The IASS blog contains contributions from employees in all IASS departments and covers a huge range of themes. In addition to discussing the latest research findings and events, the blog authors comment on political developments.
Advancements in new technologies open up new ocean industries and possibilities to explore the ocean. Some of these new technologies, such as swarms of underwater mini robots to map the seafloor or sensors on automated underwater vehicles, assist scientists in their work and produce growing quantities of ocean data.
As the largest and most complex ecosystem on the planet, the ocean plays a key role in efforts to address the interrelated challenges of biodiversity collapse and climate change. Despite this, its dynamics have only been inadequately included in financial approaches intended to mitigate them. Financial regulators are increasingly aware of the multiple links between the climate and biodiversity crisis and the financial system and how nature is impacted by financial flows. They now need to fully integrate ocean biodiversity into their approaches.
Thirty years ago today, world leaders came together to launch the European Bank for Reconstruction and Development (EBRD), a bold initiative to foster change in an economic system that was degrading both the environment and indeed entire societies. Today, with the ocean facing unprecedented threats, a similarly bold initiative is required.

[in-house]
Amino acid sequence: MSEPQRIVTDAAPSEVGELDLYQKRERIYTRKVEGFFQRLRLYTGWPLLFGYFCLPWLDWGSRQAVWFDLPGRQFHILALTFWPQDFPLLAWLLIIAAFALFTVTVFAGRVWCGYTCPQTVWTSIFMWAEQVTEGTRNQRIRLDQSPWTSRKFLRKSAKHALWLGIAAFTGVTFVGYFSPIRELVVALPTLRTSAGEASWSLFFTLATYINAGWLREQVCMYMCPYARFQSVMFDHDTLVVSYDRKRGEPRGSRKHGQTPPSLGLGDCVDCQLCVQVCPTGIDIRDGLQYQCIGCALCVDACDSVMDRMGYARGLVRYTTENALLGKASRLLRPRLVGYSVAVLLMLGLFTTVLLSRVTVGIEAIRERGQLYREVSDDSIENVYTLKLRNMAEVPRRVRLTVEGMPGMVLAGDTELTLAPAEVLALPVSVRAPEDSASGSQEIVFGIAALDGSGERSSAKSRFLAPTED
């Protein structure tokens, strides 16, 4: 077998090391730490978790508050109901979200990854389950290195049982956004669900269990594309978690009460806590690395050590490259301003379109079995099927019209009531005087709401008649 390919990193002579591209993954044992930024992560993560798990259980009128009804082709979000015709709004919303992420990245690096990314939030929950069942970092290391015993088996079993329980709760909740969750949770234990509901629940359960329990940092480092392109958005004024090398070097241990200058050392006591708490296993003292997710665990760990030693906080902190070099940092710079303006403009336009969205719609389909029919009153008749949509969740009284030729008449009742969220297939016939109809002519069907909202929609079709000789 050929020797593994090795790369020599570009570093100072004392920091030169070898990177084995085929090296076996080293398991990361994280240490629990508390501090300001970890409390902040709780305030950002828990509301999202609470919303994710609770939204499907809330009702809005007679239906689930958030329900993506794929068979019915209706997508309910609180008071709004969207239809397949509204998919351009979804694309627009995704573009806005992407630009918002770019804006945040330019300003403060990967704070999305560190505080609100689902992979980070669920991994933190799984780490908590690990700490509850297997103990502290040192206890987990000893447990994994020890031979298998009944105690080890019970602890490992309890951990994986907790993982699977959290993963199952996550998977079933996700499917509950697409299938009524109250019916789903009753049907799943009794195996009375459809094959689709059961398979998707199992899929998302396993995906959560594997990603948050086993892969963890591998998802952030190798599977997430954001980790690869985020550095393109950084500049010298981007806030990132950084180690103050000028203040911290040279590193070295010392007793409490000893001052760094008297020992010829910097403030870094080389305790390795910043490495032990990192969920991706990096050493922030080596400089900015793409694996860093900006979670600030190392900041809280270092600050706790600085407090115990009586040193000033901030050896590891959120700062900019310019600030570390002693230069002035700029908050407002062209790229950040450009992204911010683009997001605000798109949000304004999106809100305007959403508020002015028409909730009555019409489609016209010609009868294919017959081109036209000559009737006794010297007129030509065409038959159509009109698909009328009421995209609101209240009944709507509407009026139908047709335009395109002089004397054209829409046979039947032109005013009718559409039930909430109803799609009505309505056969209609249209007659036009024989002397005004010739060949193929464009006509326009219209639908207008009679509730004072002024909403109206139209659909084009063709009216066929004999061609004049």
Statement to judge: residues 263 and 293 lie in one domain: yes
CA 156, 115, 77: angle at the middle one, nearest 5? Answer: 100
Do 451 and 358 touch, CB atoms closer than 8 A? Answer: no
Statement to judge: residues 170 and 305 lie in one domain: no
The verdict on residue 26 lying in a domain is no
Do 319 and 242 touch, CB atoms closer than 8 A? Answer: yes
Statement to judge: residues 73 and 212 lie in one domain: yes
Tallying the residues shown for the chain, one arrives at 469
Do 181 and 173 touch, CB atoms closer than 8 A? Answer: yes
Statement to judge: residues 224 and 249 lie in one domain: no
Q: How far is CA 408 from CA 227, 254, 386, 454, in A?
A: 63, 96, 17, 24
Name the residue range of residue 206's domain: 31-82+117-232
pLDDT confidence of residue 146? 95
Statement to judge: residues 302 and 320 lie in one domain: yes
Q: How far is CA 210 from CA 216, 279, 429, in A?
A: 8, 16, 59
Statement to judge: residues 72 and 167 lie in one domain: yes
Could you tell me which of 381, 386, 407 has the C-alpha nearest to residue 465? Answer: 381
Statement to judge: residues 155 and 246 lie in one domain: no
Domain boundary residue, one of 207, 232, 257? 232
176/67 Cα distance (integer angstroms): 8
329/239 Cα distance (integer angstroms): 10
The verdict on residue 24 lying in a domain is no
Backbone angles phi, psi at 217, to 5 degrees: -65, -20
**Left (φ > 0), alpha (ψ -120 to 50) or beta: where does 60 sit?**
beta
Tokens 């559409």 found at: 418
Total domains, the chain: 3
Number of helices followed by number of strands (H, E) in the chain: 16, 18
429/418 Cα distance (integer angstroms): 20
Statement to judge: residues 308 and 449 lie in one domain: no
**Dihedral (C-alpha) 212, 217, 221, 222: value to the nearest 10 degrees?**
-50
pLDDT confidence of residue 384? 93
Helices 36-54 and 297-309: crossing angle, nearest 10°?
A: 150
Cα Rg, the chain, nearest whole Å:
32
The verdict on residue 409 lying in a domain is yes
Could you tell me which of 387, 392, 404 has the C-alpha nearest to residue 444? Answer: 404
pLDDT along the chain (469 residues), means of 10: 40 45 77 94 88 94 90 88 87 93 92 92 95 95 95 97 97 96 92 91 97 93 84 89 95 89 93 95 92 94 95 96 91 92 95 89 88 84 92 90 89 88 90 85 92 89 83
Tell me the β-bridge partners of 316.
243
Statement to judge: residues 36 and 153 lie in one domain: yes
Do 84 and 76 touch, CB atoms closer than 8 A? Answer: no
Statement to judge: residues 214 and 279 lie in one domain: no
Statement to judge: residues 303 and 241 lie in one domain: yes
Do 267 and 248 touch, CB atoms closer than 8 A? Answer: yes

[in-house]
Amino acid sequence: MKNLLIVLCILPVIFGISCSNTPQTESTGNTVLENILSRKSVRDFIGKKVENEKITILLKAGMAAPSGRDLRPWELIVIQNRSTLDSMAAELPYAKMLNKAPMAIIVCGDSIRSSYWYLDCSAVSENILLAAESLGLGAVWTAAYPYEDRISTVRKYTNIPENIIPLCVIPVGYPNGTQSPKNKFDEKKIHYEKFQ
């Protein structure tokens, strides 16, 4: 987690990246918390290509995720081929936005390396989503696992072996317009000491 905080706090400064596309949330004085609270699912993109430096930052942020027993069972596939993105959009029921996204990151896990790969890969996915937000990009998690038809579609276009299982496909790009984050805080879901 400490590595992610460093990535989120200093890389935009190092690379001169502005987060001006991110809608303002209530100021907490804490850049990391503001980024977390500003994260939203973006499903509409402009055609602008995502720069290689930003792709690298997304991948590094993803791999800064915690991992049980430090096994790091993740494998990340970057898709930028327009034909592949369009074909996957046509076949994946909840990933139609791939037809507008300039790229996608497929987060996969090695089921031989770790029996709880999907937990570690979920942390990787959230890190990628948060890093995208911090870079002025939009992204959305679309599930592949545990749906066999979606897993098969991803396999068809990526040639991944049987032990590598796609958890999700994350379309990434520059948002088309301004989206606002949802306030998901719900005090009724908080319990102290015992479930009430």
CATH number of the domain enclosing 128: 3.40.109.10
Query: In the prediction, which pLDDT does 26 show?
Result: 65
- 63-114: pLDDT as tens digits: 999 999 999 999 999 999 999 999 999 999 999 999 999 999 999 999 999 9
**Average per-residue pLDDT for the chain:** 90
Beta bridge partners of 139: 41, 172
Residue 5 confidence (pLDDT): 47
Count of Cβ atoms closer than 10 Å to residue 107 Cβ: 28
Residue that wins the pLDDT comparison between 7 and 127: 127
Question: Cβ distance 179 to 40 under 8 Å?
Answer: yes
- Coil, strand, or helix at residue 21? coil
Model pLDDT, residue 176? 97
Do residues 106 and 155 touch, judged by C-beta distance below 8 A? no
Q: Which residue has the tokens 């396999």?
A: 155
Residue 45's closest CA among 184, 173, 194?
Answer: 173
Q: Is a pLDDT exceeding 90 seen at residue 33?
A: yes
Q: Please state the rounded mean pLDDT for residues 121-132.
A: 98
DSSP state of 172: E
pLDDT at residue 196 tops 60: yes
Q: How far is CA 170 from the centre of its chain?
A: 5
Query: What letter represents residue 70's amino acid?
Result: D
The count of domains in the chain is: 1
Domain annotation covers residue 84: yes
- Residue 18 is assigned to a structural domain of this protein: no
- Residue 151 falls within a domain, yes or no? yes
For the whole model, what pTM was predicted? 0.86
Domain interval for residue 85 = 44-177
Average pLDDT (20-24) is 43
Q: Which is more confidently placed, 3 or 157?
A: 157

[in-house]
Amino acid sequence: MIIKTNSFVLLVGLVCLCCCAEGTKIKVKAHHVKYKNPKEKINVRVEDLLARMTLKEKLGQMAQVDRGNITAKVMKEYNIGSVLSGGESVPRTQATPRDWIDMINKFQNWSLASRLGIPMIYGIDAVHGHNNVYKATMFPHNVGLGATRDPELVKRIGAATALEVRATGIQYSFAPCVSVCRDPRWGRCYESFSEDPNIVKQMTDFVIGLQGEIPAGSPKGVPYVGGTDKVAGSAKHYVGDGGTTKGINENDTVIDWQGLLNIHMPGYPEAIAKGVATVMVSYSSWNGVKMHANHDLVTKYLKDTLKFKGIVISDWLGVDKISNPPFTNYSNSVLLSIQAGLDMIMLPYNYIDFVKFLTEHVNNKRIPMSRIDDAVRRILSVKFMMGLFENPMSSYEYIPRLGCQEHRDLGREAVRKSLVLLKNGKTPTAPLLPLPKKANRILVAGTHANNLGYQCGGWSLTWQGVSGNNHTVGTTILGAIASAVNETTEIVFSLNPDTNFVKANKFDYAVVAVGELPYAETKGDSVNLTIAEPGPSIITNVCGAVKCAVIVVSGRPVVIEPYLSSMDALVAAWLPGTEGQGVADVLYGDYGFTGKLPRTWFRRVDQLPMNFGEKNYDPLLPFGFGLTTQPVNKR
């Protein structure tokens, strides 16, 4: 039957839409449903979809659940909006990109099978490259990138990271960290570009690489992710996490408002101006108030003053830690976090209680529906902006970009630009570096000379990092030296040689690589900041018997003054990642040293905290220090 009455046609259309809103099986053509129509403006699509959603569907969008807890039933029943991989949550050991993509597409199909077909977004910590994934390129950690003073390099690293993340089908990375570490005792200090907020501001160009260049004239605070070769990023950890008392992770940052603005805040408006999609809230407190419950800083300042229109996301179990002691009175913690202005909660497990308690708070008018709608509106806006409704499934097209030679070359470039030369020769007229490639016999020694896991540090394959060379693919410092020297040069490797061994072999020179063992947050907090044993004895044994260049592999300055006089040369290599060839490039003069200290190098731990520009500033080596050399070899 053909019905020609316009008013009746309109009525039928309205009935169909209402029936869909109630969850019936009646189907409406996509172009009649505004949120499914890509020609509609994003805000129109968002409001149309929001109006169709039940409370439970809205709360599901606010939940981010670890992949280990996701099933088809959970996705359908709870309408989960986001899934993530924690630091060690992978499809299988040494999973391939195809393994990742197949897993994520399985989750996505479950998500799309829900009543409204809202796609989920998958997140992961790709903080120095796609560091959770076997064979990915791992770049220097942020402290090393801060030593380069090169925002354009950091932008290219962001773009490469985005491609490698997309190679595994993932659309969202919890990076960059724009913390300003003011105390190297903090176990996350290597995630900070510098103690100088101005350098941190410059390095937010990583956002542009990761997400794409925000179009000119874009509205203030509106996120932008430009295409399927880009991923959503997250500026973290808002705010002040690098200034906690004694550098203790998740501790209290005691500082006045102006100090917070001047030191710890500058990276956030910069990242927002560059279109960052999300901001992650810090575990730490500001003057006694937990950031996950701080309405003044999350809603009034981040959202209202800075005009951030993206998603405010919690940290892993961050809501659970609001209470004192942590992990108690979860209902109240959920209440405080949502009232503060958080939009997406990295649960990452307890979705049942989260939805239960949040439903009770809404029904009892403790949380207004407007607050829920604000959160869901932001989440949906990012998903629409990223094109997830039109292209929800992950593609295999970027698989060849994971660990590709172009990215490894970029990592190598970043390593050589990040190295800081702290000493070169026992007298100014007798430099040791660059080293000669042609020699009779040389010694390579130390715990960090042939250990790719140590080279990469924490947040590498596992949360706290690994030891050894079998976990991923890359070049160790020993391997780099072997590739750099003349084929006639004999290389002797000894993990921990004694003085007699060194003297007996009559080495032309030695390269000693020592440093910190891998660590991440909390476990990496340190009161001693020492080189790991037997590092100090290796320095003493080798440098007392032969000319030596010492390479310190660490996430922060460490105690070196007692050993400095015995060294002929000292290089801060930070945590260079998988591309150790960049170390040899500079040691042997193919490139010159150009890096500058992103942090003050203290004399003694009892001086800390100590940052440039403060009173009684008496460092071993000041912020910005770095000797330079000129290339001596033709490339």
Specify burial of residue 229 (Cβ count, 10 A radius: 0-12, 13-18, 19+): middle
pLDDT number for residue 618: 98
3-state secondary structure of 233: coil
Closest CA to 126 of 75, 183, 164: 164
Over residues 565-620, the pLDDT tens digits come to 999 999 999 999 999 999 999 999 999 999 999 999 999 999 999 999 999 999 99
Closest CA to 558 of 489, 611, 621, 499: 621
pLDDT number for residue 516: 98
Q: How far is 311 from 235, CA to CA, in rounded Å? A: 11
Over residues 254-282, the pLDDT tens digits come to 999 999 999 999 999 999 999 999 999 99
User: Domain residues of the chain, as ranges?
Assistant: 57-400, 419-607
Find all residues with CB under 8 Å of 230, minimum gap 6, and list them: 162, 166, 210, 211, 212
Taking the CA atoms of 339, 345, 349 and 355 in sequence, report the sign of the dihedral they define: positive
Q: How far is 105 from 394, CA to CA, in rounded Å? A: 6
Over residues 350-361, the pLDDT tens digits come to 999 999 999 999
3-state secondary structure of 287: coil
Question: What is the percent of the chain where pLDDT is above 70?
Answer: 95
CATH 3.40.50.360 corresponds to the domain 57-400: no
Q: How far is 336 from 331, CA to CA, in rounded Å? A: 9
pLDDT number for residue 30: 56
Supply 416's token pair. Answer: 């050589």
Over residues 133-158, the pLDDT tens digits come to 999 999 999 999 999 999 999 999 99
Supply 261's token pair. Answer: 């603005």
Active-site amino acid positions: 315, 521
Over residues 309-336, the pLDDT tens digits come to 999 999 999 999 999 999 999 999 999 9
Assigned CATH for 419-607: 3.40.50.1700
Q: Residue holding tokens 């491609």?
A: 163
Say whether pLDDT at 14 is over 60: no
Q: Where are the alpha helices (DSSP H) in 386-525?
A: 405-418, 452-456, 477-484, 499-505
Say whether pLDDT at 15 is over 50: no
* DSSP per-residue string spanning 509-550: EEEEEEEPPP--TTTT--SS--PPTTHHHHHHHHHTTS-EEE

With the rapid growth of the technology sector over the past decade, the demand for metals such as copper, manganese, cobalt and other rare earth minerals has increased many times over. The deep seabed as a potential source of these minerals seems particularly attractive against this backdrop, especially as industrial deep seabed mining is now close to operationalization.
Five years have passed since the so-called ‘Paris Agreement’ was concluded at the 21st Conference of the Parties (COP) to the UN Framework Convention on Climate Change (UNFCCC) following years of deliberation between the member States. For the ocean, the Paris Agreement represents a turning point: previously issues relating to the ocean were side-lined in COP negotiations.
The ocean plays a fundamental role in regulating global temperatures. Not only does the ocean absorb 93 percent of the heat trapped by rising anthropogenic carbon dioxide (CO2), but it also absorbs approximately 25 to 30 percent of anthropogenic CO2 emissions that would otherwise remain in the atmosphere and increase global warming.
A healthy ocean is critical to the survival of every life on earth. However, given that the marine environment, including its currents and species that inhabit its waters, are transboundary, national action alone cannot ensure its conservation. Each one of us must resolve the pressing issues facing the ocean, from marine pollution and overfishing to securing vulnerable coastal communities.
Negotiations on a conservation agreement for the high seas are currently under way at the United Nations in New York. This agreement has to be ambitious if it is to protect our oceans from profiteers. After more than a decade of heated debate, the United Nations have begun to negotiate a new agreement on the...